Artem Dzyuba celebrates with Stanislav Cherchesov after scoring his team's third goal during the 2018 FIFA World Cup Russia match between Russia and Saudi Arabia  Matthias Hangst/Getty Images
Artem Dzyuba celebrates with Stanislav Cherchesov after scoring his team's third goal during the 2018 FIFA World Cup Russia match between Russia and Saudi Arabia
© Matthias Hangst/Getty Images

- As far as I know, it was Dzyuba, who created a better psychological environment for the team, when following another loss in a test match he asked the fans to stop nit-picking and support the squad.

Honestly? I never heard him say that. He was not addressing me, though. During the World Cup, I turned the TV on only several times, just to watch the newscasts, not the sports channels. I never watch football programs. This is not a bad habit of mine.

What really matters is not what Dzyuba tells the media, but how he trains and plays after that.

- At a certain point, Dzyuba was removed from the list of candidates for the national team and it seemed that he shut the door forever by addressing you with a gesture that would soon be dubbed the “mustache of hope.”

It only seemed to you that he’d shut the door. I never thought so. And Artyom knew perfectly well that his future was in his own hands, well, his own feet and head, to be more precise. He started playing well enough to be taken back to the team.

As for the gesture you’ve mentioned, I reacted to it rather coolly the moment I saw it. A footballer chose this way of addressing the coach as a reminder of his own existence. Well done, man. Getting offended by a joke does you no credit.

The more so, since Artyom thus coined an ingenious meme that struck a chord with the world web. It was a brilliant, creative idea.

Football fans carry a cardboard cutout of Stanislav Cherchesov along Moscow's Nikolskaya Street  Artyom Geodakyan/TASS
Football fans carry a cardboard cutout of Stanislav Cherchesov along Moscow's Nikolskaya Street
© Artyom Geodakyan/TASS

- He scored in the match with Saudi Arabia and saluted you, conceiving a triumphant goal-scoring gesture.

That’s what I’m telling you. Dzyuba is sensible and he has a perfectly good sense of humor.

You must agree, I’m not my own enemy. Who could’ve thought that I would not reinforce the team with a strong player just because he frowns upon me? It might look so to an outsider, but our task was to build a team, and not gather a bunch of friends to set up a hobby club.

- You’d been criticized for a long time for not inviting Igor Denisov.

I would not like to get personal, let alone when the individuals involved are respectable footballers, who for some reason were not destined to play in the World Cup.

When I was still a player myself, I respected my coaches for their inclination to make me better, and not for shaking hands with me. The competitive environment they created and the requirements they posed were far more important.

- Incidentally, who was your most important coach in life?

It’s hard for me to decide. Each of them is associated with some episode or another or an important stage in a player’s career… Konstantin Beskov invited me into Spartak. Most of the awards on that team I won under Oleg Romantsev. I entered the national team under Anatoly Byshovets and I completed my career in Tirol under Joachim Loew. And the season at Yuri Syomin’s Lokomotiv, where I was transferred to, in order to have more practice, is also memorable in a sense. There are many people for me to remember as touchstones!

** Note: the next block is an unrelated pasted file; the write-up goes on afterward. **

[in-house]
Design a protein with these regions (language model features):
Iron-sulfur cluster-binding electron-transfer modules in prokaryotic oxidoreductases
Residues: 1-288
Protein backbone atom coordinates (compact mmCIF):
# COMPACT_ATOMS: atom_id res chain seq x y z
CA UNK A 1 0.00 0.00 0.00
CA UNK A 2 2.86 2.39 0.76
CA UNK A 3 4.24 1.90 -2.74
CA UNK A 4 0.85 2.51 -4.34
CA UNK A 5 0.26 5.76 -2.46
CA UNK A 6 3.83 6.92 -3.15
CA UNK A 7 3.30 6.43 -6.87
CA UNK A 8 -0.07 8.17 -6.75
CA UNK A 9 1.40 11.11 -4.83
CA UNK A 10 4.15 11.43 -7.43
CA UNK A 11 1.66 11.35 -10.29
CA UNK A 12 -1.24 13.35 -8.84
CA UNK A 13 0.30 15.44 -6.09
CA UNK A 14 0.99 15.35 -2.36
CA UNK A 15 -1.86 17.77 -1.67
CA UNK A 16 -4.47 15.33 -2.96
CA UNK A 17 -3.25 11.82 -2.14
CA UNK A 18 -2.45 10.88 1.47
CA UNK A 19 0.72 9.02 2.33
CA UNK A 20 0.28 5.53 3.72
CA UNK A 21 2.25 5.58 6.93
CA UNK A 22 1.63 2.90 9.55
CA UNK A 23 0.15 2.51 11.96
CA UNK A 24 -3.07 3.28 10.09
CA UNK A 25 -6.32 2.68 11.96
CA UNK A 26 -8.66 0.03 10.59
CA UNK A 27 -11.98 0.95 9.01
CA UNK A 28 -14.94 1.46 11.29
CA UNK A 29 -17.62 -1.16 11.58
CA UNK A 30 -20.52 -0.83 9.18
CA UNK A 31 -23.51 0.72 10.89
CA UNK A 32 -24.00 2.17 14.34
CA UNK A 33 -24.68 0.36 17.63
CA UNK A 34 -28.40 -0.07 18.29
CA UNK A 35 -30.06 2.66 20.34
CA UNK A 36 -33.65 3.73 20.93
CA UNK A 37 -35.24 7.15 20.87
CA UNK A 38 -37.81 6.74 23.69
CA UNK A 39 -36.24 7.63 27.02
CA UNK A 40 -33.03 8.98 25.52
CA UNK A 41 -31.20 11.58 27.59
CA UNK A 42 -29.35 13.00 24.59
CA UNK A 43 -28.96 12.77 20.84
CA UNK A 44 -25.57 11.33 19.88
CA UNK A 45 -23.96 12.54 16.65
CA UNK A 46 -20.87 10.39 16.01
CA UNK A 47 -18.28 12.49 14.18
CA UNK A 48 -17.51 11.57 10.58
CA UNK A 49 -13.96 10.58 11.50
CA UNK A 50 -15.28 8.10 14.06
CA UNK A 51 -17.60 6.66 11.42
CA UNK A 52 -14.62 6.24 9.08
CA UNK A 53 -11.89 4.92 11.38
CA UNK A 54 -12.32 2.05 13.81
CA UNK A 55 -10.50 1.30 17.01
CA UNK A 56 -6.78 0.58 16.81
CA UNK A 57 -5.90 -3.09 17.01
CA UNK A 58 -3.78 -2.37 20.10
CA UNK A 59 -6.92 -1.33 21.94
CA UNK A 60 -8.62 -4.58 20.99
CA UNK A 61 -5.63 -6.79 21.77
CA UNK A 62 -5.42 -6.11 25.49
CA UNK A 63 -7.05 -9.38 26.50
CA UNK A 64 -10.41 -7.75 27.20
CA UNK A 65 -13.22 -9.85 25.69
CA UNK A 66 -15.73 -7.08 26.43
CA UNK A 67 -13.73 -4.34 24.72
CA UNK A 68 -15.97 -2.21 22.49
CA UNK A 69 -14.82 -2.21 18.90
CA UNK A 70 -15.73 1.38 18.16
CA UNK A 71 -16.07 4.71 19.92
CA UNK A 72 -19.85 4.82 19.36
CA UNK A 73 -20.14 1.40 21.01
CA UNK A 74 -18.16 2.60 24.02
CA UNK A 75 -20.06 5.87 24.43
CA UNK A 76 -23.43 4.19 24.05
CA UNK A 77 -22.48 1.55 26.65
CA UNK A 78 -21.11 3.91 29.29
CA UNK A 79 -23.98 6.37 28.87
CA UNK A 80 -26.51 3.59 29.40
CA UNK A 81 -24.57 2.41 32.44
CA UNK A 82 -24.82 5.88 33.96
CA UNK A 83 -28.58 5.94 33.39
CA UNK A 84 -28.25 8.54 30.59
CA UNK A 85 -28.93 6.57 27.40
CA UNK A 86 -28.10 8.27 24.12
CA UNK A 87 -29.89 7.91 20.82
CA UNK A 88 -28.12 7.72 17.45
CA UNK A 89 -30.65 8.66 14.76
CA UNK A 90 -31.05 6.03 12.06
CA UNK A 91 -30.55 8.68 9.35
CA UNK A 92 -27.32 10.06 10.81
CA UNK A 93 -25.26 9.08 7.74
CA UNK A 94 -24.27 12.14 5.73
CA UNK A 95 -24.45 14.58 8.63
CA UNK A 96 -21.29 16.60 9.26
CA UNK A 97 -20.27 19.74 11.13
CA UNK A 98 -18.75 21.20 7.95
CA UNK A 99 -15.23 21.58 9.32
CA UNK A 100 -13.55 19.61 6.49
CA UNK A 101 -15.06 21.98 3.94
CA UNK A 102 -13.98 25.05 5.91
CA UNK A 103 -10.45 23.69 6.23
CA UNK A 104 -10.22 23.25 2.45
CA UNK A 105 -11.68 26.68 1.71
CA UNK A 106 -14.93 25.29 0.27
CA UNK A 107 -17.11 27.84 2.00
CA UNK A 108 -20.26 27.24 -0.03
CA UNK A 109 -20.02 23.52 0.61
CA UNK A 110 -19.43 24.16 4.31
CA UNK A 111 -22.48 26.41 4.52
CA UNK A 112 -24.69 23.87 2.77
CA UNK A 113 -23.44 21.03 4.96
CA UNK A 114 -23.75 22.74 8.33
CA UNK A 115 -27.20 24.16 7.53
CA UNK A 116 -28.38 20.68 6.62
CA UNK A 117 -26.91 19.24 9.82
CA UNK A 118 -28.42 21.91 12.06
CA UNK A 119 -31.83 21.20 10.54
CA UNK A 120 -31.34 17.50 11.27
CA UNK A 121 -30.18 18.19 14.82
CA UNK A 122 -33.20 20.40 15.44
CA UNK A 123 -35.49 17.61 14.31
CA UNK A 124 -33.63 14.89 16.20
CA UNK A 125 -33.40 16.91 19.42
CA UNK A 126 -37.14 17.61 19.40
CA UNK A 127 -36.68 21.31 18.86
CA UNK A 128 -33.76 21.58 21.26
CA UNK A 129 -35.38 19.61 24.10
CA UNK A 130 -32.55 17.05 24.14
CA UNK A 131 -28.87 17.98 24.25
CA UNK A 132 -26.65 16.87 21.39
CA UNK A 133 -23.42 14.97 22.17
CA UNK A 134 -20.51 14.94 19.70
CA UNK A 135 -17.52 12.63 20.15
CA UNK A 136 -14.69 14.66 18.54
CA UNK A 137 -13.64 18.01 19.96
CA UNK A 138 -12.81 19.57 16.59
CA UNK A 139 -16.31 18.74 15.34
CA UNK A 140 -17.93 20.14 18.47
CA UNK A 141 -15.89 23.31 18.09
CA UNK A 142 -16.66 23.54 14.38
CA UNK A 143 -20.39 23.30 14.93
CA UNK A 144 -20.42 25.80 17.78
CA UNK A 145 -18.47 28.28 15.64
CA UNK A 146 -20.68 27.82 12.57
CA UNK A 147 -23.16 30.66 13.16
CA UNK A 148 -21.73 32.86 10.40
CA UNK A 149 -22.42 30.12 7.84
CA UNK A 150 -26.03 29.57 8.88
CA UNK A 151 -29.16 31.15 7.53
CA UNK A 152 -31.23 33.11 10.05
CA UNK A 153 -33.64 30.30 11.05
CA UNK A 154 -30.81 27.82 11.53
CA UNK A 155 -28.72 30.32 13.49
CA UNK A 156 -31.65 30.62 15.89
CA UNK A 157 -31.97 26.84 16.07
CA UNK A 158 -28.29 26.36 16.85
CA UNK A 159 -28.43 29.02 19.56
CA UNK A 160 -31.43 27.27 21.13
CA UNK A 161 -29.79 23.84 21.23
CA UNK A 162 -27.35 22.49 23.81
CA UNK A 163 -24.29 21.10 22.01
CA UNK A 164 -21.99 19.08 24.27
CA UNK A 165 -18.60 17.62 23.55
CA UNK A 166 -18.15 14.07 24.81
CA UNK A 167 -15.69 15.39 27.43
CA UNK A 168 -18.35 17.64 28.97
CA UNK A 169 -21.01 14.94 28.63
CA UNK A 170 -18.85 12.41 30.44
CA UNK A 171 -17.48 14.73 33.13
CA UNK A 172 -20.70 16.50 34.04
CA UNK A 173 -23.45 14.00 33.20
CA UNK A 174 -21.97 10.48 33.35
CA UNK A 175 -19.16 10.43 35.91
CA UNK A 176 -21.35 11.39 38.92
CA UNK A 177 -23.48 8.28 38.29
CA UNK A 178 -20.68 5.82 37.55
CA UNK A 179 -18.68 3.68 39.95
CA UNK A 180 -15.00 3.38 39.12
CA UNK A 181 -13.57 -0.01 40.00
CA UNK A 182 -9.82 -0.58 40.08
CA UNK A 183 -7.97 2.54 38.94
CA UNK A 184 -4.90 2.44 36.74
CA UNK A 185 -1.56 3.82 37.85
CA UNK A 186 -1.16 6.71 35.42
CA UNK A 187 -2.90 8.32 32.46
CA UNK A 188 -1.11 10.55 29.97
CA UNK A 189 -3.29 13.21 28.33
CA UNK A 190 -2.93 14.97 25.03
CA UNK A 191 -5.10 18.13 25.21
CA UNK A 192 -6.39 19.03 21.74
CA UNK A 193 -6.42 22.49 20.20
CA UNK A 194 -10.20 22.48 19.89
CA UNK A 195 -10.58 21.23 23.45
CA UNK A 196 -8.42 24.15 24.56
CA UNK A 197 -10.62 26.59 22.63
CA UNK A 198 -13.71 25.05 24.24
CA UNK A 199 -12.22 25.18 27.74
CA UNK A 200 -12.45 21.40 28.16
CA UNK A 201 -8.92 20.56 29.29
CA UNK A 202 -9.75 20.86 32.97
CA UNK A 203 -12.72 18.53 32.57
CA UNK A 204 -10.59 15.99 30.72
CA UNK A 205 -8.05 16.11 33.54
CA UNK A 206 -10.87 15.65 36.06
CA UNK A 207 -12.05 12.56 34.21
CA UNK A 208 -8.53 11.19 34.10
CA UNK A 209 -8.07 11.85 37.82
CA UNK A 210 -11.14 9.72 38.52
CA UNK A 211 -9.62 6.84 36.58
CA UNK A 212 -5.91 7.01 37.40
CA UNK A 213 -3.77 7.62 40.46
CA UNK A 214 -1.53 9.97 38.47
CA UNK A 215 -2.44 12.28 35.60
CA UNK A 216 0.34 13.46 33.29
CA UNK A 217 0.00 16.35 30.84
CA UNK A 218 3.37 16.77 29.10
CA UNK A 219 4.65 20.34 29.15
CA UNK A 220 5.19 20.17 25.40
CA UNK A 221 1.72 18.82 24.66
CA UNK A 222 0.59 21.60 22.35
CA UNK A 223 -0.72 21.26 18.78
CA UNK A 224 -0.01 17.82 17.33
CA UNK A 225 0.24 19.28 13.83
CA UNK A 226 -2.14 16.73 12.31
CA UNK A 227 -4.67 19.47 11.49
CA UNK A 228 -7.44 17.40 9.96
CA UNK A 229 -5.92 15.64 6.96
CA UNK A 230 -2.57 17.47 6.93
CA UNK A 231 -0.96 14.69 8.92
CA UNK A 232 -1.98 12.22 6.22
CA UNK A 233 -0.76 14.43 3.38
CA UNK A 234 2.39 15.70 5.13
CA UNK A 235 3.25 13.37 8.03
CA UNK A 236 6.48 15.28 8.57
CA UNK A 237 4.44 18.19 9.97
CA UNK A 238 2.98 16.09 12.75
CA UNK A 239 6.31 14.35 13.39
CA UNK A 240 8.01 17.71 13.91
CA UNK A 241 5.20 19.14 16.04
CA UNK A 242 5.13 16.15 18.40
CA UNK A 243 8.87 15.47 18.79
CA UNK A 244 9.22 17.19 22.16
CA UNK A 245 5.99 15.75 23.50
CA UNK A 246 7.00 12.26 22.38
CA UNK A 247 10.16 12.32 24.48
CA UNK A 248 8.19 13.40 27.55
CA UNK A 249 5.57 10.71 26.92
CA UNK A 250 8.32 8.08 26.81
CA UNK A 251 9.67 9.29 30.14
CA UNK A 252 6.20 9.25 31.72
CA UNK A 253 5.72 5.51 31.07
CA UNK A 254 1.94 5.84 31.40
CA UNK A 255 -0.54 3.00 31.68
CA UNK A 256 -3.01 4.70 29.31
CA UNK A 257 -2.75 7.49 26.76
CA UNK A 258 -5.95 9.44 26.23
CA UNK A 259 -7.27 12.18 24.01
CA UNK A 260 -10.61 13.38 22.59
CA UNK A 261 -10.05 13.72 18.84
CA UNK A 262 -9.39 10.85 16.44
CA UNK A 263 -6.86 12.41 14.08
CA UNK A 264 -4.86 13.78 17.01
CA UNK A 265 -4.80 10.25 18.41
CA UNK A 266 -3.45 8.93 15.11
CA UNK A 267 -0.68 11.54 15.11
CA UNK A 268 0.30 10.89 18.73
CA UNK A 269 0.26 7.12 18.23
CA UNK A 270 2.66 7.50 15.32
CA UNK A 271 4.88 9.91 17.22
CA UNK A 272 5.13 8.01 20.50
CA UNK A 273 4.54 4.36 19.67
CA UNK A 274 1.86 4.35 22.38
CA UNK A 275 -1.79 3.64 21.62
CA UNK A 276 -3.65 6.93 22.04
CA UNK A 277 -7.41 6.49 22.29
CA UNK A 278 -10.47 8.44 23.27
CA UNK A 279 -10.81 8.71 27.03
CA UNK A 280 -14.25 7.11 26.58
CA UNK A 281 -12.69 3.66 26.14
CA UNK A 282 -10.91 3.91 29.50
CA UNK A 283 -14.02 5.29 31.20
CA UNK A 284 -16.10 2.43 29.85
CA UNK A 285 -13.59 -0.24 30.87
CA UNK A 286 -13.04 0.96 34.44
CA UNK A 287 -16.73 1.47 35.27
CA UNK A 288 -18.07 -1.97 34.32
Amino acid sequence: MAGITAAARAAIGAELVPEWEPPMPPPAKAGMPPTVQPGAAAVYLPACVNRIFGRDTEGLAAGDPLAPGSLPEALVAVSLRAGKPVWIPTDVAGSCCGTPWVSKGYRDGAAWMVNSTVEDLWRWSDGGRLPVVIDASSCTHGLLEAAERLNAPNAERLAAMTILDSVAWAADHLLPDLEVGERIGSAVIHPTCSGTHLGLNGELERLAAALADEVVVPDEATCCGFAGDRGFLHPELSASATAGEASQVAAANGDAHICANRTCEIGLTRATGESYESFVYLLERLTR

Soviet goalkeeper Stanislav Cherchesov, 1991 Igor Utkin/TASS
Soviet goalkeeper Stanislav Cherchesov, 1991
© Igor Utkin/TASS

- And then you worked as a coach yourself not only in different clubs, but also in various countries.

Each team needs its own approach. In Chechnya’s capital of Grozny, you cannot work the same way as, in say, Poland. The laws and mentality in the Caucasus, in Eastern Europe and in Western Europe differ. It is important to bear this in mind. If you are not ready for this, then quite possibly you should not even get started.

- I don’t recall that you’ve ever danced the fiery folk dance, the lezginka to celebrate victories won in Grozny.

- There must be a good occasion. I can dance it, by the way. I know how to do that well. And not just the lezginka dance…

Back to the principles of forming a team. I can only say that it is impossible to cater to everyone. My predecessors were criticized very harshly. Such debates may last for centuries. Once a coach has been appointed, he has to be trusted. Any other way leads to a dead-end.

We did our utmost to stay open to the media. We tried to answer all questions in order to remove any doubts and suspicions. However, it is impossible to persuade those who refuse to listen to what you are saying.

I’ve already explained this, far from everything can be seen from the outside. The situation inside is what really counts.

- Did such slogans as “it’s a last-ditch chance!” and “Moscow is behind!” bother you much? Were you greatly annoyed by this pressure?

“Pressure” is mostly a medical term to me. In the meantime, our subject today is sports. I did not have to be told again and again that the nation’s eyes were fixed on us. I knew all that and could sense that myself. Incidentally, I never addressed the players with such bombastic phrases over the two years. What’s the use of stating the obvious? They are adults and they realized that without special briefings.

- When did you get the first phone call from Putin?

After the match with Egypt. He congratulated us on pulling through the group stage. I heard him speak some very simple words of support. Later on, we talked several times more.